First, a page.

Growing up in Harlem in the 1930s, Sonny Rollins and his friends all wanted to be jazz musicians, because, he says, "they were the coolest guys around."
Unlike most of his buddies, Rollins actually became one of those cool cats.
So great was his talent that by the time he was 26, he had already played with Charlie Parker, Miles Davis, and Thelonious Monk, and he had become well established as a virtuoso performer and band leader. Life was good, almost too good. "I had gotten to know the pitfalls that musicians get into," Rollins admits. "I knew life from the lower side." It was those pitfalls, he says, that inspired him to add a spiritual dimension to his life.
In the 1950s, his yearning for something deeper led him to Autobiography of a Yogi, by Paramahansa Yogananda. Then, during a concert tour in 1963 in Japan, Rollins met the Oki Yoga group, which combines yoga and Zen with some principles of martial arts. By 1968, when he traveled to India to explore yoga more deeply, he was ready to put music and fame aside to devote his life to spiritual pursuits. But in the ashram where he wound up, a teacher persuaded him to stick to what he did best. "He told me, 'Sonny, your karma yoga is to play music,'" Rollins recalls. "I would be bringing joy to people. That was a proper way to live."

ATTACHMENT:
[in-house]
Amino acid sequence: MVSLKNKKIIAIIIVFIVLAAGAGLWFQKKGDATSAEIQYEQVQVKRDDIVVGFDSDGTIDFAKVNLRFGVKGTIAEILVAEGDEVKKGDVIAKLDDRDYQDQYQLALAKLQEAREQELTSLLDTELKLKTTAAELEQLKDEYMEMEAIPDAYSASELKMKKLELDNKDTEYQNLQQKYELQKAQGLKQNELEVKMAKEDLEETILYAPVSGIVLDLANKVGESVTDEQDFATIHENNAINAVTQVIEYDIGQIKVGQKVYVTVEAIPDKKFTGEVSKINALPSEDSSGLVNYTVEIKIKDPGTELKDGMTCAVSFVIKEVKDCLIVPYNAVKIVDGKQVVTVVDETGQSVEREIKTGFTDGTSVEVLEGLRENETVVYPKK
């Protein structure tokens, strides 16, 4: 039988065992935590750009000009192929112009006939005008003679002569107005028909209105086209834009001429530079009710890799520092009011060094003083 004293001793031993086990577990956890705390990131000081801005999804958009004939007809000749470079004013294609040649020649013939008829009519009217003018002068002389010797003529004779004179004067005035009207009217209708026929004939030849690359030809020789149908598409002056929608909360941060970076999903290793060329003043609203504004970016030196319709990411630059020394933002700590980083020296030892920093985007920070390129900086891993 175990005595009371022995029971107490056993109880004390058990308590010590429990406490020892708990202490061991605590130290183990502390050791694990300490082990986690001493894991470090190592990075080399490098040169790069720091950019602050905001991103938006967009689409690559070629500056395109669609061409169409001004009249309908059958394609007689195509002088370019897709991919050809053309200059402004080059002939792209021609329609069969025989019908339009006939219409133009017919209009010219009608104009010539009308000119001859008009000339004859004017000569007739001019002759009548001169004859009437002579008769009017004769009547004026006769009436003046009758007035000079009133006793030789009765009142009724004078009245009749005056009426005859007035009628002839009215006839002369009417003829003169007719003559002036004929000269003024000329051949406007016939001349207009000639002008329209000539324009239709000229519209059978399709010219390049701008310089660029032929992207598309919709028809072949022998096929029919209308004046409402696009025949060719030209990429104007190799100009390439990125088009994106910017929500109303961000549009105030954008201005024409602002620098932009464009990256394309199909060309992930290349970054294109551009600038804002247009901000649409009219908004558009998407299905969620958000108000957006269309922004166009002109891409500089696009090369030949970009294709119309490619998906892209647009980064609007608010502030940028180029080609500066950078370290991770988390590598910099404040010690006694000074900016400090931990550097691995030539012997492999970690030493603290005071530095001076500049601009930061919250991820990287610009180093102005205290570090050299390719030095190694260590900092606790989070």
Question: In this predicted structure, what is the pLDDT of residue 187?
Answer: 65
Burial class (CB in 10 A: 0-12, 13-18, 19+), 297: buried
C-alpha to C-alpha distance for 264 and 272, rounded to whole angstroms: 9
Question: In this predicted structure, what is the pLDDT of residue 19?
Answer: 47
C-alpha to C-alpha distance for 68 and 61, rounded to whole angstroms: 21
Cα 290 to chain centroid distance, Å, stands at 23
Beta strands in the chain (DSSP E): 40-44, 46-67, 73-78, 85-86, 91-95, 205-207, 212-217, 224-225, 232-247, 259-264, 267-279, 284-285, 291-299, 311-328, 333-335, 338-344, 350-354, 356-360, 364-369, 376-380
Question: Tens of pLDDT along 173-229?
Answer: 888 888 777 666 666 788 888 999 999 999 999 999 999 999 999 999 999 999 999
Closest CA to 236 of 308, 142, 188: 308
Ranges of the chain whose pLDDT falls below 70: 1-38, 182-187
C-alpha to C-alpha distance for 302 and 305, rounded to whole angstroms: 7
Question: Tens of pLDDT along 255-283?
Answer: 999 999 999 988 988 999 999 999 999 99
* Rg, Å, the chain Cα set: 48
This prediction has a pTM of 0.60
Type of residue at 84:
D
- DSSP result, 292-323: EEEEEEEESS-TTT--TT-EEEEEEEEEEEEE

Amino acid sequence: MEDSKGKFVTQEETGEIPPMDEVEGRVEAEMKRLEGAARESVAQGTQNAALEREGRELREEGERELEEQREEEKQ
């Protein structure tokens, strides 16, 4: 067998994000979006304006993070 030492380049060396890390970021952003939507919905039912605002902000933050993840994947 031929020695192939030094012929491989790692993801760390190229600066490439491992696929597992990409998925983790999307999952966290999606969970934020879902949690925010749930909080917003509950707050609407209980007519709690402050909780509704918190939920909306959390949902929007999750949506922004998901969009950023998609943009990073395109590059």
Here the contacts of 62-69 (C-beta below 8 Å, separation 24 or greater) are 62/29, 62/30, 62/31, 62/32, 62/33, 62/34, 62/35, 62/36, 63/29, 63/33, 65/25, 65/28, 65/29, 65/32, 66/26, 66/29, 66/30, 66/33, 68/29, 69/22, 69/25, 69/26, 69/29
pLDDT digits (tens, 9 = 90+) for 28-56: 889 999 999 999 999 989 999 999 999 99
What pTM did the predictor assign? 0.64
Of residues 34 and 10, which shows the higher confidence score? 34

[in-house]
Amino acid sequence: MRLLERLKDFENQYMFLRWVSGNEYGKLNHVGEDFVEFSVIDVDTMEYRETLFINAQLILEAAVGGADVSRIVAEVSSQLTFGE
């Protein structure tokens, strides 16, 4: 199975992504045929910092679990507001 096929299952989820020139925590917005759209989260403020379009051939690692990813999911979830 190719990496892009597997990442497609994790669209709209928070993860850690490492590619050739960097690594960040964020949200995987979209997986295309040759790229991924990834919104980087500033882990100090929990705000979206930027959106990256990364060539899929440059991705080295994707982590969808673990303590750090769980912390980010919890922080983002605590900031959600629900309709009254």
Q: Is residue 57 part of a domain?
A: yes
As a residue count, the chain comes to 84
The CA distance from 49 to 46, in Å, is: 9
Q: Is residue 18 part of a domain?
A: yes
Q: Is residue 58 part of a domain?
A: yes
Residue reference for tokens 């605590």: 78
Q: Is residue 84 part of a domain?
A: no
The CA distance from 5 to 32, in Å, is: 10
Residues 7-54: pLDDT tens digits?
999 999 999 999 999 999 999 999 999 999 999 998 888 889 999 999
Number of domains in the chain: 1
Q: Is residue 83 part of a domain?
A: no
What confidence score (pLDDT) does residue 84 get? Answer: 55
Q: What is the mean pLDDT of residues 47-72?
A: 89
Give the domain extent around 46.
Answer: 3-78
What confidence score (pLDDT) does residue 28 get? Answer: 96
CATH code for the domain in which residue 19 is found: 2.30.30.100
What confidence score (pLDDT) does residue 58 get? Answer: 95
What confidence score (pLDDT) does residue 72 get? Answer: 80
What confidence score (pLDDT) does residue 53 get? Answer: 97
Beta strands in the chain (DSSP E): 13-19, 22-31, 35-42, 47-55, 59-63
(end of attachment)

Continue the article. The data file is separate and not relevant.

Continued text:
While at the ashram Rollins soaked up all he could about karma and bhakti yoga and other ways to purify his body and soul. "It had a tremendous influence on me," he says. "I was always trying to find a center, and yoga provided that." He left with a much clearer understanding of his path, which is about using music as a force for good.
One of his most remarkable concerts was on Saturday, September 15, 2001, four days after he witnessed the destruction of the World Trade Center in New York. Trapped in his apartment six blocks from the towers, Rollins was evacuated by the National Guard the following evening. "I had to walk down 40 flights of stairs," says Rollins, who was 71 at the time. "By the time I got to the bottom, my legs were like rubber." Rollins made his way to Germantown, where his wife was waiting at their main home. He wanted to cancel a concert scheduled for Boston on Saturday, but his wife, who was also his manager, advised against it.
Her advice was right on track: The concert was extremely well received. "The people seemed to need something to anchor themselves," Rollins says.
These days Rollins, whose wife died in 2004, still practices asana every day, including Halasana (Plow Pose) and Urdhva Dhanurasana (Upward Bow Pose). He continues to look forward: "I have a lot to contribute," he says. "I hope I can use music in an even more spiritual way." For information about tour dates or CDs, visit www.sonnyrollins.com.